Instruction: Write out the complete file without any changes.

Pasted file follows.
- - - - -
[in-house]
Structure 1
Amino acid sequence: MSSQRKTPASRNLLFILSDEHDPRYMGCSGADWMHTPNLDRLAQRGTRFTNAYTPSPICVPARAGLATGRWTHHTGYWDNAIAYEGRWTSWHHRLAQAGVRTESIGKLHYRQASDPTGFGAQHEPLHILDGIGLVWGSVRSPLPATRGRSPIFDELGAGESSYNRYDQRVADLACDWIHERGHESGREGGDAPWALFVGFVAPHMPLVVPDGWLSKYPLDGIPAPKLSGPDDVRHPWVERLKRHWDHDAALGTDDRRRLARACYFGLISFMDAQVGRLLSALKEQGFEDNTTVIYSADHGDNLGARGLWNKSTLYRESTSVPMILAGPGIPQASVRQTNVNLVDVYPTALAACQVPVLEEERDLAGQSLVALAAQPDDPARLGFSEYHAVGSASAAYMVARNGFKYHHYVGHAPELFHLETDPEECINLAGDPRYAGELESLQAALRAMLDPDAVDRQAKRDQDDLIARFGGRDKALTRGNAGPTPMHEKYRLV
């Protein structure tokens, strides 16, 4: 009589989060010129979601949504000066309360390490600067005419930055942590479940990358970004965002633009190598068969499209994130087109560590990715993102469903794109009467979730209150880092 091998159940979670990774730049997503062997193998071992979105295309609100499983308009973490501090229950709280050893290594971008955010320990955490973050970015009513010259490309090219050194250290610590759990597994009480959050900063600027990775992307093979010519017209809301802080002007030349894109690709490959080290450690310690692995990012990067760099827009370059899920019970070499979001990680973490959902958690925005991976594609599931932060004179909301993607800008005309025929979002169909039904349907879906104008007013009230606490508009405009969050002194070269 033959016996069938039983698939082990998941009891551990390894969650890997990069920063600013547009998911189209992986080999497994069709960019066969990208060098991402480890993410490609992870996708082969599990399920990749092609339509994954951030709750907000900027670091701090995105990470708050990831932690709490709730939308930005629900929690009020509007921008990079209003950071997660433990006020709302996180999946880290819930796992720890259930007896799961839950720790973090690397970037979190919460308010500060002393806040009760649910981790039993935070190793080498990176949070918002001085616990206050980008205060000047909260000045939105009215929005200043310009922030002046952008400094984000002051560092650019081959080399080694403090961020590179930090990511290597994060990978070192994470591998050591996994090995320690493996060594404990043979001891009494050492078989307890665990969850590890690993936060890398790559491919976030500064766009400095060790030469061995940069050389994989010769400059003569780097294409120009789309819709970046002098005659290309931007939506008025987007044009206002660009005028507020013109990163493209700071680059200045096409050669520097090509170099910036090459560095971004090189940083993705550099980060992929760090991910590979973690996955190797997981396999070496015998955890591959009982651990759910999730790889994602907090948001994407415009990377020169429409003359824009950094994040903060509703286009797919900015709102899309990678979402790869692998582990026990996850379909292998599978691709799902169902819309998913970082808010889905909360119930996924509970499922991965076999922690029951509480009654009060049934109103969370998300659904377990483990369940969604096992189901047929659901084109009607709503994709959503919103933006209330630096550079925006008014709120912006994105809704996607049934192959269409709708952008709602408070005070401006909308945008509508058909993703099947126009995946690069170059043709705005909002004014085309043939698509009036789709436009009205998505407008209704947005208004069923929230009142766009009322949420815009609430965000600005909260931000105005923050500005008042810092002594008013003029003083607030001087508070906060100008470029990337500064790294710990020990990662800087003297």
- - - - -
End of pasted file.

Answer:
[in-house]
Structure 1
Amino acid sequence: MSSQRKTPASRNLLFILSDEHDPRYMGCSGADWMHTPNLDRLAQRGTRFTNAYTPSPICVPARAGLATGRWTHHTGYWDNAIAYEGRWTSWHHRLAQAGVRTESIGKLHYRQASDPTGFGAQHEPLHILDGIGLVWGSVRSPLPATRGRSPIFDELGAGESSYNRYDQRVADLACDWIHERGHESGREGGDAPWALFVGFVAPHMPLVVPDGWLSKYPLDGIPAPKLSGPDDVRHPWVERLKRHWDHDAALGTDDRRRLARACYFGLISFMDAQVGRLLSALKEQGFEDNTTVIYSADHGDNLGARGLWNKSTLYRESTSVPMILAGPGIPQASVRQTNVNLVDVYPTALAACQVPVLEEERDLAGQSLVALAAQPDDPARLGFSEYHAVGSASAAYMVARNGFKYHHYVGHAPELFHLETDPEECINLAGDPRYAGELESLQAALRAMLDPDAVDRQAKRDQDDLIARFGGRDKALTRGNAGPTPMHEKYRLV
């Protein structure tokens, strides 16, 4: 009589989060010129979601949504000066309360390490600067005419930055942590479940990358970004965002633009190598068969499209994130087109560590990715993102469903794109009467979730209150880092 091998159940979670990774730049997503062997193998071992979105295309609100499983308009973490501090229950709280050893290594971008955010320990955490973050970015009513010259490309090219050194250290610590759990597994009480959050900063600027990775992307093979010519017209809301802080002007030349894109690709490959080290450690310690692995990012990067760099827009370059899920019970070499979001990680973490959902958690925005991976594609599931932060004179909301993607800008005309025929979002169909039904349907879906104008007013009230606490508009405009969050002194070269 033959016996069938039983698939082990998941009891551990390894969650890997990069920063600013547009998911189209992986080999497994069709960019066969990208060098991402480890993410490609992870996708082969599990399920990749092609339509994954951030709750907000900027670091701090995105990470708050990831932690709490709730939308930005629900929690009020509007921008990079209003950071997660433990006020709302996180999946880290819930796992720890259930007896799961839950720790973090690397970037979190919460308010500060002393806040009760649910981790039993935070190793080498990176949070918002001085616990206050980008205060000047909260000045939105009215929005200043310009922030002046952008400094984000002051560092650019081959080399080694403090961020590179930090990511290597994060990978070192994470591998050591996994090995320690493996060594404990043979001891009494050492078989307890665990969850590890690993936060890398790559491919976030500064766009400095060790030469061995940069050389994989010769400059003569780097294409120009789309819709970046002098005659290309931007939506008025987007044009206002660009005028507020013109990163493209700071680059200045096409050669520097090509170099910036090459560095971004090189940083993705550099980060992929760090991910590979973690996955190797997981396999070496015998955890591959009982651990759910999730790889994602907090948001994407415009990377020169429409003359824009950094994040903060509703286009797919900015709102899309990678979402790869692998582990026990996850379909292998599978691709799902169902819309998913970082808010889905909360119930996924509970499922991965076999922690029951509480009654009060049934109103969370998300659904377990483990369940969604096992189901047929659901084109009607709503994709959503919103933006209330630096550079925006008014709120912006994105809704996607049934192959269409709708952008709602408070005070401006909308945008509508058909993703099947126009995946690069170059043709705005909002004014085309043939698509009036789709436009009205998505407008209704947005208004069923929230009142766009009322949420815009609430965000600005909260931000105005923050500005008042810092002594008013003029003083607030001087508070906060100008470029990337500064790294710990020990990662800087003297």